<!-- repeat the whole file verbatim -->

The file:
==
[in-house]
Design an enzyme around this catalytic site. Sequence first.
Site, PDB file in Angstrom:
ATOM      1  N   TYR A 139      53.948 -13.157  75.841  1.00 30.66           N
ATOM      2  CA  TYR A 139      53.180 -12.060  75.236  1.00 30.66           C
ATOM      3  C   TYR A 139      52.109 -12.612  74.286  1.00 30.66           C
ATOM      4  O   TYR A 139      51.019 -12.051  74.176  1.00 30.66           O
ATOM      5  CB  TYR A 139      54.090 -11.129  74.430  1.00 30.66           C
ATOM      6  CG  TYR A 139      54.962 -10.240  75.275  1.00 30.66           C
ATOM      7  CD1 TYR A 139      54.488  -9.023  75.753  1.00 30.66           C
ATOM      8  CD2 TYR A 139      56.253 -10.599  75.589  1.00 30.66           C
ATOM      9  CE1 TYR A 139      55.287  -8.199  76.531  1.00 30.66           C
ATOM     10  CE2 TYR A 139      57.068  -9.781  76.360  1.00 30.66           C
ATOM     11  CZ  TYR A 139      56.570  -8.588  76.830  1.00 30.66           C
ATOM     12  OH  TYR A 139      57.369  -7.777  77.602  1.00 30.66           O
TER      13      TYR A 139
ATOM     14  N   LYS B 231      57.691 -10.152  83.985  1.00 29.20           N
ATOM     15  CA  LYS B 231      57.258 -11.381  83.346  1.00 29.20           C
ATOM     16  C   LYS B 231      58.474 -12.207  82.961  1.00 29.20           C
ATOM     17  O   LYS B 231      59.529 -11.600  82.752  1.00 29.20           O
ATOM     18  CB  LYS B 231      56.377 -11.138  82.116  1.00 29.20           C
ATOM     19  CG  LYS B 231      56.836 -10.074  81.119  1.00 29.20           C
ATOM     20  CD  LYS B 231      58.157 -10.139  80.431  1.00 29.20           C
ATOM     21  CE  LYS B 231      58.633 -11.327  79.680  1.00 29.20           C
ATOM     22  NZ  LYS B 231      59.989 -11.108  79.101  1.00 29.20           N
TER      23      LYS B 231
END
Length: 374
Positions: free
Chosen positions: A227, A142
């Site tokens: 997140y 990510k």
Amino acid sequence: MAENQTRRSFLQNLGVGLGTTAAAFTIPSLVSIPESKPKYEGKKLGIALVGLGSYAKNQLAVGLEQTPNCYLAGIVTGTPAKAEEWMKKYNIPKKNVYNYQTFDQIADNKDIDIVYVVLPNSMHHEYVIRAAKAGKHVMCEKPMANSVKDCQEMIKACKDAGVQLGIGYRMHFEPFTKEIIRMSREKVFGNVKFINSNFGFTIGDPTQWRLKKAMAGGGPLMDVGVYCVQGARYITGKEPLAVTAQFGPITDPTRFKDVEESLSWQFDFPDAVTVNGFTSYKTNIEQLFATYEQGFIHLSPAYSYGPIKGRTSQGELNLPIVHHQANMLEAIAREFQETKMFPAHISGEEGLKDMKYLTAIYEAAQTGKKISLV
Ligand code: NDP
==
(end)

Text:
[in-house]
Design an enzyme around this catalytic site. Sequence first.
Site, PDB file in Angstrom:
ATOM      1  N   TYR A 139      53.948 -13.157  75.841  1.00 30.66           N
ATOM      2  CA  TYR A 139      53.180 -12.060  75.236  1.00 30.66           C
ATOM      3  C   TYR A 139      52.109 -12.612  74.286  1.00 30.66           C
ATOM      4  O   TYR A 139      51.019 -12.051  74.176  1.00 30.66           O
ATOM      5  CB  TYR A 139      54.090 -11.129  74.430  1.00 30.66           C
ATOM      6  CG  TYR A 139      54.962 -10.240  75.275  1.00 30.66           C
ATOM      7  CD1 TYR A 139      54.488  -9.023  75.753  1.00 30.66           C
ATOM      8  CD2 TYR A 139      56.253 -10.599  75.589  1.00 30.66           C
ATOM      9  CE1 TYR A 139      55.287  -8.199  76.531  1.00 30.66           C
ATOM     10  CE2 TYR A 139      57.068  -9.781  76.360  1.00 30.66           C
ATOM     11  CZ  TYR A 139      56.570  -8.588  76.830  1.00 30.66           C
ATOM     12  OH  TYR A 139      57.369  -7.777  77.602  1.00 30.66           O
TER      13      TYR A 139
ATOM     14  N   LYS B 231      57.691 -10.152  83.985  1.00 29.20           N
ATOM     15  CA  LYS B 231      57.258 -11.381  83.346  1.00 29.20           C
ATOM     16  C   LYS B 231      58.474 -12.207  82.961  1.00 29.20           C
ATOM     17  O   LYS B 231      59.529 -11.600  82.752  1.00 29.20           O
ATOM     18  CB  LYS B 231      56.377 -11.138  82.116  1.00 29.20           C
ATOM     19  CG  LYS B 231      56.836 -10.074  81.119  1.00 29.20           C
ATOM     20  CD  LYS B 231      58.157 -10.139  80.431  1.00 29.20           C
ATOM     21  CE  LYS B 231      58.633 -11.327  79.680  1.00 29.20           C
ATOM     22  NZ  LYS B 231      59.989 -11.108  79.101  1.00 29.20           N
TER      23      LYS B 231
END
Length: 374
Positions: free
Chosen positions: A227, A142
């Site tokens: 997140y 990510k």
Amino acid sequence: MAENQTRRSFLQNLGVGLGTTAAAFTIPSLVSIPESKPKYEGKKLGIALVGLGSYAKNQLAVGLEQTPNCYLAGIVTGTPAKAEEWMKKYNIPKKNVYNYQTFDQIADNKDIDIVYVVLPNSMHHEYVIRAAKAGKHVMCEKPMANSVKDCQEMIKACKDAGVQLGIGYRMHFEPFTKEIIRMSREKVFGNVKFINSNFGFTIGDPTQWRLKKAMAGGGPLMDVGVYCVQGARYITGKEPLAVTAQFGPITDPTRFKDVEESLSWQFDFPDAVTVNGFTSYKTNIEQLFATYEQGFIHLSPAYSYGPIKGRTSQGELNLPIVHHQANMLEAIAREFQETKMFPAHISGEEGLKDMKYLTAIYEAAQTGKKISLV
Ligand code: NDP